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The Devil’s Red Bride: Comic Book Review

The Devil’s Red Bride: Comic Book Review

Writer: Sebastian Girner
Artist: John Bivens
Colours: Iris Monahan
Letters: Jeff Powell
Covers: Nathan Gooden, John Bivens, Tim Daniel
Publisher: Vault Comics


The Devil’s Red Bride 

16th Century Japan was no place for the faint-hearted, and neither are the pages of The Devil’s Red Bride. Set amidst the bloody tumult of the clan warfare of the Sengoku Period, the fate of the Aragami clan was already written and signed off. That is until three years into the future when Ketsuko, the daughter of Lord Aragami, discovers a chance to turn the tides of fate…whatever the cost.

The Bride 

The Devil’s Red Bride is steeped in samurai and slaughter. A rip-roaring tale, it keeps us right in the middle of the brutal battles…and the bar fights, too.

What is already an interesting and mystical story has layer upon layer added through its careful are and format. Long panels are reminiscent of folded screens and fusuma. The scenes of battle, too, are crowded and claustrophobic, busy and bustling, as is typical of Japanese artwork. The colour usage, too, is an excellent aesthetic and atmospheric choice; ominous and oppressive shadows and bold and bright blood creep and spatter across every page.

Even further, the almost calligraphic and clean lettering leaves us in no doubt as to where we are and does well to anchor us in the bleakness. Bleak, however, it may not remain…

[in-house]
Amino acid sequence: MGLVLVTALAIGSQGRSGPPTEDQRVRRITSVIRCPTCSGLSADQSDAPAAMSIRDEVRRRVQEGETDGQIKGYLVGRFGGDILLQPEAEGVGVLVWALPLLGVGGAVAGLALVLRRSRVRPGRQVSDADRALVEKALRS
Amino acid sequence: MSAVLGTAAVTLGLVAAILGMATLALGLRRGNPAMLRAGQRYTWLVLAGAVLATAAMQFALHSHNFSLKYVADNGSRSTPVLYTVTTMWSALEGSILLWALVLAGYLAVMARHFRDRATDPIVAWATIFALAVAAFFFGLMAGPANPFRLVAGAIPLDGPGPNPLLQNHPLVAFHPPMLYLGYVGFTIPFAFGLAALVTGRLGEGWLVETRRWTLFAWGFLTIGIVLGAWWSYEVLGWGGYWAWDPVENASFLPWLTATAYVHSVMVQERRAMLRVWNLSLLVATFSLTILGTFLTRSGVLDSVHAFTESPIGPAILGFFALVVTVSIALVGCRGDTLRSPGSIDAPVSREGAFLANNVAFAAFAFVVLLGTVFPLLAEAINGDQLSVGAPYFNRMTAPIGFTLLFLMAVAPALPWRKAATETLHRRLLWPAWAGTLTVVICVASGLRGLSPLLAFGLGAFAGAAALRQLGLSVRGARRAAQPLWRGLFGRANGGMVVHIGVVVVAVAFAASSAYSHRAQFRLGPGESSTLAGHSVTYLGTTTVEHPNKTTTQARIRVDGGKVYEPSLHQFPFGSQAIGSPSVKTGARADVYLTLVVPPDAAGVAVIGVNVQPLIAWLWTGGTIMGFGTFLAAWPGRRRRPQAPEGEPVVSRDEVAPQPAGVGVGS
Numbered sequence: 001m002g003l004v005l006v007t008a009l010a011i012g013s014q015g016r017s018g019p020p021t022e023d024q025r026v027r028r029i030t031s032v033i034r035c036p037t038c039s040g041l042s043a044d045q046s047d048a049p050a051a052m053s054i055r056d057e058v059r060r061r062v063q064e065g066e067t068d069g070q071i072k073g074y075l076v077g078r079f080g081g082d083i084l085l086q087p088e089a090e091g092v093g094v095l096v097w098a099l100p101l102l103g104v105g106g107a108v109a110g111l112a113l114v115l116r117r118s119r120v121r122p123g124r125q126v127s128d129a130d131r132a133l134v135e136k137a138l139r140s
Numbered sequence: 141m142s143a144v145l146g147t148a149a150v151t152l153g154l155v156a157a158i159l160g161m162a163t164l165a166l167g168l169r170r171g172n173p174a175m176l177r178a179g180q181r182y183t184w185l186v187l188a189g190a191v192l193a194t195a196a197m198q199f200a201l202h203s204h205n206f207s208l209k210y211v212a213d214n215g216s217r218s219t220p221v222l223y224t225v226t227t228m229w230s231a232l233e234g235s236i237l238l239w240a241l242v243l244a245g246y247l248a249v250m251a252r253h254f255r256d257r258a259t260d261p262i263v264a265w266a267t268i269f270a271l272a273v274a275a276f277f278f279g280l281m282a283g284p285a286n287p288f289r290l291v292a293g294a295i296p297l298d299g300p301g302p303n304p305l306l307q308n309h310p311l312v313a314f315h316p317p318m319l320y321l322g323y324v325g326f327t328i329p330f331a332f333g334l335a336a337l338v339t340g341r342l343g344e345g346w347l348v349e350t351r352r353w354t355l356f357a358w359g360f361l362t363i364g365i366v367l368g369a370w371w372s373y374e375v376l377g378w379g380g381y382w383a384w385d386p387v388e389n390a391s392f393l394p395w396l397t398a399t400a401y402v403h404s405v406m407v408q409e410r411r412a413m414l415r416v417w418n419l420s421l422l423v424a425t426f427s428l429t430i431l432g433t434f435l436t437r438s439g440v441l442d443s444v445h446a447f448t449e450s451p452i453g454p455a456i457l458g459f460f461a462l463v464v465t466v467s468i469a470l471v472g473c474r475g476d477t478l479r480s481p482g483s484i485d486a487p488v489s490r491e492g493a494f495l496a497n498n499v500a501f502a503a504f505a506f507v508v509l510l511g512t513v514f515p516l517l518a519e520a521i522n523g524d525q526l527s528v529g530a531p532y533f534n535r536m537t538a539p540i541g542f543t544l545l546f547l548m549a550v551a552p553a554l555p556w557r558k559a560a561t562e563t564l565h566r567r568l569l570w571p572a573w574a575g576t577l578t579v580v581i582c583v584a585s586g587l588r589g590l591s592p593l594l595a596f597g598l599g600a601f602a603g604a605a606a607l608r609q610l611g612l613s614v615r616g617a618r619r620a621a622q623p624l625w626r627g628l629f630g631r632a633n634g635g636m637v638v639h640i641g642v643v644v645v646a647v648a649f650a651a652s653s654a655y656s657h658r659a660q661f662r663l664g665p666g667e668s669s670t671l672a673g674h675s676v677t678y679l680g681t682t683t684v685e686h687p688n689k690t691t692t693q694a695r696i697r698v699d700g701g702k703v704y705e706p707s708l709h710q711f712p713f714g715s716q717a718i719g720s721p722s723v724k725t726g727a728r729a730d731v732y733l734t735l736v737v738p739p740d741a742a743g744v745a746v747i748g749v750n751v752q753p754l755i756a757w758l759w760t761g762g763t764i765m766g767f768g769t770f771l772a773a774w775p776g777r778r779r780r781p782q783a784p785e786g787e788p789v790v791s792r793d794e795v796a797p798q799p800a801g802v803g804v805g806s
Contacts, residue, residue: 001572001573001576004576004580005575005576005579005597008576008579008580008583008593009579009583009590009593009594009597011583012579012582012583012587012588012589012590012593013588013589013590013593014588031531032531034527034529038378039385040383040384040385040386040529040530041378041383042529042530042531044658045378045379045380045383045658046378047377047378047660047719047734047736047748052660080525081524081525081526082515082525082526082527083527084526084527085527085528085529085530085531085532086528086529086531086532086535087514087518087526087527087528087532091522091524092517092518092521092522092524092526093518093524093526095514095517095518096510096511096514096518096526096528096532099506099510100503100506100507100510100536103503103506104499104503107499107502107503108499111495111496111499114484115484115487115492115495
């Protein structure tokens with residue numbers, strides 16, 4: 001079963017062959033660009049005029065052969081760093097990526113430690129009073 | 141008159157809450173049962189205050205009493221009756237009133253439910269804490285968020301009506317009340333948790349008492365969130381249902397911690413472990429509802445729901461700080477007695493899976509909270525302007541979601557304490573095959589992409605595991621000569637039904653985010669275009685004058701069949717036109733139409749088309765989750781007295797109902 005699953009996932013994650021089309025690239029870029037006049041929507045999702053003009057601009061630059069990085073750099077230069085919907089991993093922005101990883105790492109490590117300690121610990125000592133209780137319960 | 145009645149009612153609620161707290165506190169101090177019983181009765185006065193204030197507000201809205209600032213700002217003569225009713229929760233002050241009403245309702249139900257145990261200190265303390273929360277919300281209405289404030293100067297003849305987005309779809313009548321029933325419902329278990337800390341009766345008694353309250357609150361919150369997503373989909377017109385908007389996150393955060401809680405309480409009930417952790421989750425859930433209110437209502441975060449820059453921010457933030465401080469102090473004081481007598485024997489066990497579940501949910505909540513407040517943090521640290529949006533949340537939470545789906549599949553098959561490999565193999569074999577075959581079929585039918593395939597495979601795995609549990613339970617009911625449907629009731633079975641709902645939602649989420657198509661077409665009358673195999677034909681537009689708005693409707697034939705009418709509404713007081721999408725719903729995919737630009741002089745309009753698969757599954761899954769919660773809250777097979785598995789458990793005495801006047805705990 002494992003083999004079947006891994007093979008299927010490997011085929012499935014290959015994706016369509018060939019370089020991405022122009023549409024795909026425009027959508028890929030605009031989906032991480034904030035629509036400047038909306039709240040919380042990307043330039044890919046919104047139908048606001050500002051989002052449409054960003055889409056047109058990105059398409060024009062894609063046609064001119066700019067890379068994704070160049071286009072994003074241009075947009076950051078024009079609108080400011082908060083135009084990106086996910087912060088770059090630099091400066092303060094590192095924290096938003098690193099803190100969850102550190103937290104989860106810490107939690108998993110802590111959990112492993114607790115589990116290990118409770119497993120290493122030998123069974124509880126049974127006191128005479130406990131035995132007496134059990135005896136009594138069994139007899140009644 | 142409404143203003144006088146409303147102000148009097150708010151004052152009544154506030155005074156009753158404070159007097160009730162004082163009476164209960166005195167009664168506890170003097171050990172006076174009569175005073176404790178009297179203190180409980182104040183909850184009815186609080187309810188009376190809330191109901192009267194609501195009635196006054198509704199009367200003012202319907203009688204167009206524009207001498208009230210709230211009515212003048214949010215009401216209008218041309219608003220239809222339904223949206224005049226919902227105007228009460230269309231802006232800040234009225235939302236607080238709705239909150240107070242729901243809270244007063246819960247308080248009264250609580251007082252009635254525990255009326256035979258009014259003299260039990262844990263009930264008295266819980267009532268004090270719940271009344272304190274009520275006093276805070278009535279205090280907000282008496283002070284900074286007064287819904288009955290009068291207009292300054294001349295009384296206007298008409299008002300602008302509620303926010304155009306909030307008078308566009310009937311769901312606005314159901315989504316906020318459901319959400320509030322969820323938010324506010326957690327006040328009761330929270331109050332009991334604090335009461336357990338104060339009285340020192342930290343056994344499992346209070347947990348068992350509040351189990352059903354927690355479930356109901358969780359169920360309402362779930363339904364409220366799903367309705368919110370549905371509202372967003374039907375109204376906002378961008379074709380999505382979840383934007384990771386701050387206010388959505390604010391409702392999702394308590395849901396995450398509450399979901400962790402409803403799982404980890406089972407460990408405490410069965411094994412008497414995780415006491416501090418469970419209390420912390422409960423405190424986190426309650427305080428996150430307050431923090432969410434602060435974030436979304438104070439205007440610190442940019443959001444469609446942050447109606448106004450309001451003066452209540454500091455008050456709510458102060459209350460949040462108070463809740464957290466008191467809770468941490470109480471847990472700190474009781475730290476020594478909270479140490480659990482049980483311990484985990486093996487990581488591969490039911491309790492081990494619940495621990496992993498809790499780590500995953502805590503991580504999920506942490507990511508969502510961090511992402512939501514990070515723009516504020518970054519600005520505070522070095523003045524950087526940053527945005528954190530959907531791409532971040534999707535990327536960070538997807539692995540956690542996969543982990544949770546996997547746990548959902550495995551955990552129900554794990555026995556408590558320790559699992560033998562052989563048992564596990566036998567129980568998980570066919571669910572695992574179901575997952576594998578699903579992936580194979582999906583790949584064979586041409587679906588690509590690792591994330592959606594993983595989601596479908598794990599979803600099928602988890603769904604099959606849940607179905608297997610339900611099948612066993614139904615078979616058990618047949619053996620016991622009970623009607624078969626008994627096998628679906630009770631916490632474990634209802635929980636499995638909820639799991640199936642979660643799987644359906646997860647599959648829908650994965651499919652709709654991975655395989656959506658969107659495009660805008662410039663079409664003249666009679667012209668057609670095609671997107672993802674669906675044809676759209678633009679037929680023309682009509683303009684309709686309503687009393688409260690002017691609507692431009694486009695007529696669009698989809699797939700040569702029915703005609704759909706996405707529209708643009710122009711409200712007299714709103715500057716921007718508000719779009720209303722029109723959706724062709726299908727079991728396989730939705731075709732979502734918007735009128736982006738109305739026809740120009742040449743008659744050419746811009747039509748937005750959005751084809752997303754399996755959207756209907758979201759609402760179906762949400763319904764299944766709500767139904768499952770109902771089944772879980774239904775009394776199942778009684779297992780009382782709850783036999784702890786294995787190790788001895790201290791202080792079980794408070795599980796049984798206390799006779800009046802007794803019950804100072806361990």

The Devil’s Red Bride

A powerful warrior woman who proved doubting men categorically wrong will always win my heart. Katsuko, however, keeps us guessing. While she is clearly capable, despite the world; she is still soft and empathetic. Your Strong Women can (and should) have emotion, too. Katsuko will do whatever she can, and must, to right the wrongs done unto her clan and avenger her family. You’ll be left looking for the next page, that’s for sure

The Devil Wears a Mask

The Devil’s Red Bride comes with a host of beautifully pulpy variants that could just as easily be art prints as they could comic book covers.

A dark, mysterious, and bloody adventure; The Devil’s Red Bride is certainly one to watch for any fans of Japanese culture and history. It’s clean, well put together, and doesn’t pull it’s punched…and it will absolutely leave you wanting to know more.



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